C Kiplagat, JW Kaluli, ZA Gariy, RN Mutuku



Fatigue in asphalt pavements is the incremental damage that asphalt materials suffer as they receive multiple variable loadings that do not necessarily exceed their yield strength. Accurate prediction of asphalt fatigue comes in handy in the development of asphalt materials with high fatigue life as well as in the estimation of fatigue life of asphaltic pavement materials. This review paper looks at the phenomenological models, dissipated energy models and fracture mechanics models, which are the three models that have been used over the years to model asphalt fatigue behaviour in the laboratory. The phenomenological models relate the numbers of load cycles applied on an asphalt sample and the resultant asphalt tensile strains. The approach has been found to be deficient in tracking crack initiation and progression. The dissipated energy models on the other hand are based on the premise that work is done whenever a material is loaded. The models have been successfully used to track crack initiation and propagation and to isolate dissipated energy that goes into fatigue from that which performs mechanical work. Despite that success, the dissipated energy coefficients have been noted to change with the mode and frequency of loading as well as the temperature. The third approach, fracture mechanics models, is based on the premise that asphaltic materials have inherent discontinuities that form the basis of crack initiation. Fracture mechanics models predict asphalt fatigue using either linear fracture mechanics approach or non-linear fracture mechanics approach. The Linear fracture mechanics method assumes that asphalt will always operate within the linear-elastic region while non-linear fracture mechanics method assumes that it will at times be loaded beyond the linear elastic region. The non-linear fracture mechanics approach comes across as the most promising method as it considers both the inherent materials discontinuities and the loading regimes that are expected in the field. Both linear and non-linear fracture mechanics approaches face challenges in finding specimen geometry that match laboratory sample preparation procedures to field coring shapes. The three models reviewed are 2-dimensional and do not consider seasonal and diurnal temperature dynamics in laboratory work. A 3-dimensional model using non-linear elastic fracture mechanics approach is suggested as an alternative.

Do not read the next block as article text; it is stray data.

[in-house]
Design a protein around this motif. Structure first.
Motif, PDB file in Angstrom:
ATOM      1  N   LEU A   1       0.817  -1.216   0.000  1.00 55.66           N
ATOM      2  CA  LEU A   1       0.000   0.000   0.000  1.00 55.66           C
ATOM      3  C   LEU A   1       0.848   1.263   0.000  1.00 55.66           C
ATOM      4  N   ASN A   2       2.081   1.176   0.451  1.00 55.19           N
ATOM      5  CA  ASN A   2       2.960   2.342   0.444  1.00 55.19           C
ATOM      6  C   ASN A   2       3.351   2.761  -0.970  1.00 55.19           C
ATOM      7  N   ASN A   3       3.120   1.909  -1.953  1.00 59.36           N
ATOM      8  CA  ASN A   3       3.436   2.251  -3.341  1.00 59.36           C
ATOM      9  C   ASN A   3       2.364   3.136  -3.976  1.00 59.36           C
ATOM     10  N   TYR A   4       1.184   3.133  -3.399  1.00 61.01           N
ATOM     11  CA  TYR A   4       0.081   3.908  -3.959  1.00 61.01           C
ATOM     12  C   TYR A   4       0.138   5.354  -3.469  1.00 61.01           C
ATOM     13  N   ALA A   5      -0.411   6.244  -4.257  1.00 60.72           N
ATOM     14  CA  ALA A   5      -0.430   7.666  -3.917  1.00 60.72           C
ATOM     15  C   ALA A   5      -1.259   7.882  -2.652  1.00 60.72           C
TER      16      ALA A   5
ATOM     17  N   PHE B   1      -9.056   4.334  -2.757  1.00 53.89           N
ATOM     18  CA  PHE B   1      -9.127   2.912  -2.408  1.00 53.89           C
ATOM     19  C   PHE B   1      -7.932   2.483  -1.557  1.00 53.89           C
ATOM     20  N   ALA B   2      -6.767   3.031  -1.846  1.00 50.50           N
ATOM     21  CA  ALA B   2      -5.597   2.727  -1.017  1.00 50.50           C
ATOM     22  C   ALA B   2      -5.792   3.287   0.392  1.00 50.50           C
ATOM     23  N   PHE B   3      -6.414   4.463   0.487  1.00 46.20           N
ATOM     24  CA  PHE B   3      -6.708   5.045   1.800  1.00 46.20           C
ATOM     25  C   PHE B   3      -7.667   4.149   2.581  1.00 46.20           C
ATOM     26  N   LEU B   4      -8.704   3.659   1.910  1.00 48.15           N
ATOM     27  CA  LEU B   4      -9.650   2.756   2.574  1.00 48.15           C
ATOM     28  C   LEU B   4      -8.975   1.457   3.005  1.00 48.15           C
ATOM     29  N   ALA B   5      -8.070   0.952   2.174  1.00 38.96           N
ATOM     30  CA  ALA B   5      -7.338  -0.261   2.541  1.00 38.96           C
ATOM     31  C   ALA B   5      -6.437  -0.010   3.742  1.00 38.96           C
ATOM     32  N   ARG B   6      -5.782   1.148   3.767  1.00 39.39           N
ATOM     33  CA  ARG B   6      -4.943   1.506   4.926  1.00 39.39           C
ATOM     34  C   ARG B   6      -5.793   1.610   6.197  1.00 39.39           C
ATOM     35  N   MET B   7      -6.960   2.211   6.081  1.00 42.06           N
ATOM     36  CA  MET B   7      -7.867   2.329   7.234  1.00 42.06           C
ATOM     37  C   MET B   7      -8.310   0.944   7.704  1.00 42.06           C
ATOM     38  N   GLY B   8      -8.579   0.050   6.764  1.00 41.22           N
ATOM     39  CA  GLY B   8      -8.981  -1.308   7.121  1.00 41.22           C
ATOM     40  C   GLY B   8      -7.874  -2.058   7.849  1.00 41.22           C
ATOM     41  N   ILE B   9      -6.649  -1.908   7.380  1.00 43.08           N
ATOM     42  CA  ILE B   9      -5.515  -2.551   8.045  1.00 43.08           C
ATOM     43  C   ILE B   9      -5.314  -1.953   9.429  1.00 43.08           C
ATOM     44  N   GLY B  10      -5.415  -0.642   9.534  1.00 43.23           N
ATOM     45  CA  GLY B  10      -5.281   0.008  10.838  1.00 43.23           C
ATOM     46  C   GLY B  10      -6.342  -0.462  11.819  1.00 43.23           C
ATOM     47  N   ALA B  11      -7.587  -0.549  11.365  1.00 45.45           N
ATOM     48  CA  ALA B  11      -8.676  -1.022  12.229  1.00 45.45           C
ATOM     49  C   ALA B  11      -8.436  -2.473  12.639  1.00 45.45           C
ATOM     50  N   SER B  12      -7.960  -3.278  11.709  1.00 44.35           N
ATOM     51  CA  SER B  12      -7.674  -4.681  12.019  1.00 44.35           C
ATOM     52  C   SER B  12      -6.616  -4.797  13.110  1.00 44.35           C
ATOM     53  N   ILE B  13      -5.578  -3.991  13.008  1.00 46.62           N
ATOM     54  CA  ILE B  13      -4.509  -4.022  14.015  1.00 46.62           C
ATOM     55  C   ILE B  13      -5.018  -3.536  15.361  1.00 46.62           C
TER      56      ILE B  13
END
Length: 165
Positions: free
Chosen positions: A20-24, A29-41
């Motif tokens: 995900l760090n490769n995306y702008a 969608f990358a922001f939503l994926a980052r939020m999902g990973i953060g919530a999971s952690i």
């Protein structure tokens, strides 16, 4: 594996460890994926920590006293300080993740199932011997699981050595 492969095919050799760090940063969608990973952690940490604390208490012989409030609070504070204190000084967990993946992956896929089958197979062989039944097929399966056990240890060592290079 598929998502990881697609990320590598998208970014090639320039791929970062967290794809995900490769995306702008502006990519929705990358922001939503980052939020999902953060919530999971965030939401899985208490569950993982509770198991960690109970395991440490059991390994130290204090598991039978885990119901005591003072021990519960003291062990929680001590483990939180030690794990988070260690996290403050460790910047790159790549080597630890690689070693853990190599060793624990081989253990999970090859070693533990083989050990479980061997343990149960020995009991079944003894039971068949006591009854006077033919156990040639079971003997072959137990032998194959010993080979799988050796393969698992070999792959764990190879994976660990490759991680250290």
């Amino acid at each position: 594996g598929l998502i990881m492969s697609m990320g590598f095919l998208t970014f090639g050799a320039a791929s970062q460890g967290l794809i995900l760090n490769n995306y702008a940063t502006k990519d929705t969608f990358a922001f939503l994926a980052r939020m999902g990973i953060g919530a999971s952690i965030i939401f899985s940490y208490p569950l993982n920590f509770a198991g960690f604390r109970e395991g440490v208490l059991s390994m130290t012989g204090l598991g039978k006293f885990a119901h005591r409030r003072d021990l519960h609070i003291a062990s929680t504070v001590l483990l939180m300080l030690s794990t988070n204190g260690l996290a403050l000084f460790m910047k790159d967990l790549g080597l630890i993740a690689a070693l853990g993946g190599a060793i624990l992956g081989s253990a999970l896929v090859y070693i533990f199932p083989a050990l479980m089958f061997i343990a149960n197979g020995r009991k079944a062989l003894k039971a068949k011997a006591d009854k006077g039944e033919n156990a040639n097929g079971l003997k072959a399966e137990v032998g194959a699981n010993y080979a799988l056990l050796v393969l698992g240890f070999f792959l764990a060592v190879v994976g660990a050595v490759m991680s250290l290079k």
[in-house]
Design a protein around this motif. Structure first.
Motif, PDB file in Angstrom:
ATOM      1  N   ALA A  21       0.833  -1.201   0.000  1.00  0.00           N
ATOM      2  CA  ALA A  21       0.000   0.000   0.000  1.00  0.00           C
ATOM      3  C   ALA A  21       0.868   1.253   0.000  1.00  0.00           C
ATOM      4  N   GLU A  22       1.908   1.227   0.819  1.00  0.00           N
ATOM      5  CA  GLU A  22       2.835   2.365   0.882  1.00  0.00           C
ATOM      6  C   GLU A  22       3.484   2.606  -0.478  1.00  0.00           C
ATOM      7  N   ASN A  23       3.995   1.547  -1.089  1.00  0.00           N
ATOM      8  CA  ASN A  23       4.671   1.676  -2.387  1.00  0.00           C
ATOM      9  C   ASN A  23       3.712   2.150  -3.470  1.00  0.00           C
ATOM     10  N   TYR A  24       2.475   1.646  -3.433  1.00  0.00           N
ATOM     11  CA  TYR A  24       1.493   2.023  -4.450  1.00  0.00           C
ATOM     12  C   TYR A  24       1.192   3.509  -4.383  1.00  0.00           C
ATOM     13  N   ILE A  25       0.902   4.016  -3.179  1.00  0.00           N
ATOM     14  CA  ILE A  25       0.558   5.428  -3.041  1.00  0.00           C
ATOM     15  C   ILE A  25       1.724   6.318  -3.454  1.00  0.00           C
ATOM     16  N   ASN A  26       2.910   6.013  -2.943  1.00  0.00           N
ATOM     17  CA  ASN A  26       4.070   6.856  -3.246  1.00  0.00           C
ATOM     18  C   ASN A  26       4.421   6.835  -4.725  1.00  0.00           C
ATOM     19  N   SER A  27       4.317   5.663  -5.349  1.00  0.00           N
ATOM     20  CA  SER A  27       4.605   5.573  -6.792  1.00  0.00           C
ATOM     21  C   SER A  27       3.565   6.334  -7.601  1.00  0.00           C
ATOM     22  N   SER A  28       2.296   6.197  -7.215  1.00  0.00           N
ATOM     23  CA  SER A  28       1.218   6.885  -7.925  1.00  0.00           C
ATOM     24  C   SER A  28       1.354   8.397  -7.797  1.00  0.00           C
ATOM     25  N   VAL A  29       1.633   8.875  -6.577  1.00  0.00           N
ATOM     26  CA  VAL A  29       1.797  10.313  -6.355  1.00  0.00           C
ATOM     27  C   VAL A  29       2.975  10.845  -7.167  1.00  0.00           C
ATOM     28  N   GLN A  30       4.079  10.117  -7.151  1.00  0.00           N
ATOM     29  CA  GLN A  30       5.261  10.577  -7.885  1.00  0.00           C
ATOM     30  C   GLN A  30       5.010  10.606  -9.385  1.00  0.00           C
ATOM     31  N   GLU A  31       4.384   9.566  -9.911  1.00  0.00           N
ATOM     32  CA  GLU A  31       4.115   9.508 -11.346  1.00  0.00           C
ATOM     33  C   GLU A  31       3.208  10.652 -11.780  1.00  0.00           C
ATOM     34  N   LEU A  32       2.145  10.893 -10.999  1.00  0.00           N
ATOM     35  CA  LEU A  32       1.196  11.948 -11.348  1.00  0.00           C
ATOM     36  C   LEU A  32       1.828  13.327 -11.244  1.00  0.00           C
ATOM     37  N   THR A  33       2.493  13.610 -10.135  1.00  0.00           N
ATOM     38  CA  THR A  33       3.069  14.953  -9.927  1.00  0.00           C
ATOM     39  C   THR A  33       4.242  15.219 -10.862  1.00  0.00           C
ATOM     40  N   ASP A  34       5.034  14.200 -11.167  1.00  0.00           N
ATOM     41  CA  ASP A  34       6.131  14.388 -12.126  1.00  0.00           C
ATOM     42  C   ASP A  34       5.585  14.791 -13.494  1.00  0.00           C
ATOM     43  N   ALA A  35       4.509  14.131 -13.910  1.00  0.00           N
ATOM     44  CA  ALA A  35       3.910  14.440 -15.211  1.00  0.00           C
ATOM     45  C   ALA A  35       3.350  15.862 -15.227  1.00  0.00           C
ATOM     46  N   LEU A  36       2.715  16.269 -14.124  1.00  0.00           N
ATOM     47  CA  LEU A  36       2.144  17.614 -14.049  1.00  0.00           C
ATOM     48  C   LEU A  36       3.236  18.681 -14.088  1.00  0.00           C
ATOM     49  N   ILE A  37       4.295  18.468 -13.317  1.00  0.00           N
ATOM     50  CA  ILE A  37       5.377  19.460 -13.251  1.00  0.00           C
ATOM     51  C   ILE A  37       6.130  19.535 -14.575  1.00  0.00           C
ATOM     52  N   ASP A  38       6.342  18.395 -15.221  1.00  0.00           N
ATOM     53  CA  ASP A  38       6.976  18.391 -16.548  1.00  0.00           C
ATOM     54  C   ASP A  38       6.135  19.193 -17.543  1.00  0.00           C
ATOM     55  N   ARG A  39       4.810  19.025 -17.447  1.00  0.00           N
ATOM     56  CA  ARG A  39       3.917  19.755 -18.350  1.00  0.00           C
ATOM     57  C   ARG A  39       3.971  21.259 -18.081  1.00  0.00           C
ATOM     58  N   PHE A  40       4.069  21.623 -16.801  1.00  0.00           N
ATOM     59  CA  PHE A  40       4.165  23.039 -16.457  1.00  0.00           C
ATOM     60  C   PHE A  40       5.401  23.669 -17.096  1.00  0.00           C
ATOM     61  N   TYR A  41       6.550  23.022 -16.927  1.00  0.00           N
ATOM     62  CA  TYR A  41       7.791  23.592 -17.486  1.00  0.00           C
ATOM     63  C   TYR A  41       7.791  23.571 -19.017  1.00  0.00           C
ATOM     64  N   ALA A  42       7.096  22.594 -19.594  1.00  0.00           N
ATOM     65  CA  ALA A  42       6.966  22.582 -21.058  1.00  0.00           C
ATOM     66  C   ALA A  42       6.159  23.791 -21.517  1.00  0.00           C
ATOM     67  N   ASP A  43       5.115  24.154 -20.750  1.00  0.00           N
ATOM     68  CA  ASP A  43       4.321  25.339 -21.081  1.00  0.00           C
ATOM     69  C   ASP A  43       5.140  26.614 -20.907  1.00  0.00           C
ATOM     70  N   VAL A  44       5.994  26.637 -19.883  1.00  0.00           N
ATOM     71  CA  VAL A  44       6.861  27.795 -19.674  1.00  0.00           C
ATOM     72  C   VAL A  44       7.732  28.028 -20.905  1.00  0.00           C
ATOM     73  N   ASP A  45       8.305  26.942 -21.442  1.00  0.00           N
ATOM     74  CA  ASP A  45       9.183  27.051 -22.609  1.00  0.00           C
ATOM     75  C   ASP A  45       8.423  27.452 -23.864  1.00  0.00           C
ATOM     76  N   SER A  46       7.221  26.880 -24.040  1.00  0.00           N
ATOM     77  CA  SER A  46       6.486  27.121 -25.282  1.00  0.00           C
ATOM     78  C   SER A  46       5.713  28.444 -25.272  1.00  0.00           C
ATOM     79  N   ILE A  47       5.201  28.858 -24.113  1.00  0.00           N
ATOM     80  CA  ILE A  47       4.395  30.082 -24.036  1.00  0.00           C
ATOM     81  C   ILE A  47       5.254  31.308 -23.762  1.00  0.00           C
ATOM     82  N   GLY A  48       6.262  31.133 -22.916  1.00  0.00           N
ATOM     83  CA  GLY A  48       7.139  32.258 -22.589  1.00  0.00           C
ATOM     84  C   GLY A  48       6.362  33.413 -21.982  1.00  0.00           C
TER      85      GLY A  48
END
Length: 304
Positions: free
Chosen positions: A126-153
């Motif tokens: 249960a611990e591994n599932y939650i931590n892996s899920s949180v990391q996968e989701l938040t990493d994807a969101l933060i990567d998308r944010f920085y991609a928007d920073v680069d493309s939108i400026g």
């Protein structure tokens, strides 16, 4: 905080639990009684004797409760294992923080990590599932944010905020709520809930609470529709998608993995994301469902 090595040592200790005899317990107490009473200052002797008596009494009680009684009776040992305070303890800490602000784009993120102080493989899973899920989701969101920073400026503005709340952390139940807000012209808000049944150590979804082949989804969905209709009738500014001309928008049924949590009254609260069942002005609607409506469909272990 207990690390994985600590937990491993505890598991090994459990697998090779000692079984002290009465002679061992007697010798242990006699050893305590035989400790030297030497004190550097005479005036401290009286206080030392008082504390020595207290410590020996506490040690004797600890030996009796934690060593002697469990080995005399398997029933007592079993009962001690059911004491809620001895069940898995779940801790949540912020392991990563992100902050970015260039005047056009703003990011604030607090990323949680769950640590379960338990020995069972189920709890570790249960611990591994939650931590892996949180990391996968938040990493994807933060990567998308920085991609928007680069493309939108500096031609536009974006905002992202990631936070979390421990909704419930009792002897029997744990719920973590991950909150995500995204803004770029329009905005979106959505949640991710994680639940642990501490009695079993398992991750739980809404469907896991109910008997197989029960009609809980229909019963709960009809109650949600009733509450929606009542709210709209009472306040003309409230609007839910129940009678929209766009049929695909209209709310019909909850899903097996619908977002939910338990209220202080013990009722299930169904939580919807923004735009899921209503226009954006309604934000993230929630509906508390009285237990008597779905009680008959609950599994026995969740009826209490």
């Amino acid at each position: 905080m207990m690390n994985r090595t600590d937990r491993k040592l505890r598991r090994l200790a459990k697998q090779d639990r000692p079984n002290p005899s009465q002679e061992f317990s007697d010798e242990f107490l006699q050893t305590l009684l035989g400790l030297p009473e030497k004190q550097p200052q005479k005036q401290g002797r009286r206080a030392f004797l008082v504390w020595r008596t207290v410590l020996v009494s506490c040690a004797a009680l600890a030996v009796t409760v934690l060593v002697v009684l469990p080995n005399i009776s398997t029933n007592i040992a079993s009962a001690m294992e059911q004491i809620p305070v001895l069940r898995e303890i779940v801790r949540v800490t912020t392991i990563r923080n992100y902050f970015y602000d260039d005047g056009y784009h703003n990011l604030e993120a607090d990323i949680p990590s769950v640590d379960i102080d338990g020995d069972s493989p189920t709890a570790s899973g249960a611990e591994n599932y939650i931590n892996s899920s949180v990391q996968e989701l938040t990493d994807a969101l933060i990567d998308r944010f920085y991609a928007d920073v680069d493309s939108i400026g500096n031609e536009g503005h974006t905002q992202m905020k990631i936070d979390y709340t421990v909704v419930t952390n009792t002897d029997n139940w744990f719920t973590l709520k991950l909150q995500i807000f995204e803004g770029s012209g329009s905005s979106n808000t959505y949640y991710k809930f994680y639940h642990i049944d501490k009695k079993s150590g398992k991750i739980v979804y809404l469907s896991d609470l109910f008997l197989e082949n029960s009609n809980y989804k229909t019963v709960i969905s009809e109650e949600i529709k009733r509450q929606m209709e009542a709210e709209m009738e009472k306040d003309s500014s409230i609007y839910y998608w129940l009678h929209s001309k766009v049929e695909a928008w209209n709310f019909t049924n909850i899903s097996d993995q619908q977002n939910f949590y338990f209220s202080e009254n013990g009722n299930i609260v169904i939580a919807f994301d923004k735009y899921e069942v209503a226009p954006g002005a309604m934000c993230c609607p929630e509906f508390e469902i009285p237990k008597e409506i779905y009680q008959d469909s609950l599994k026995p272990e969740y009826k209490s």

Key words: Asphalt fatigue, dissipated energy, phenomenological approach, fracture mechanics


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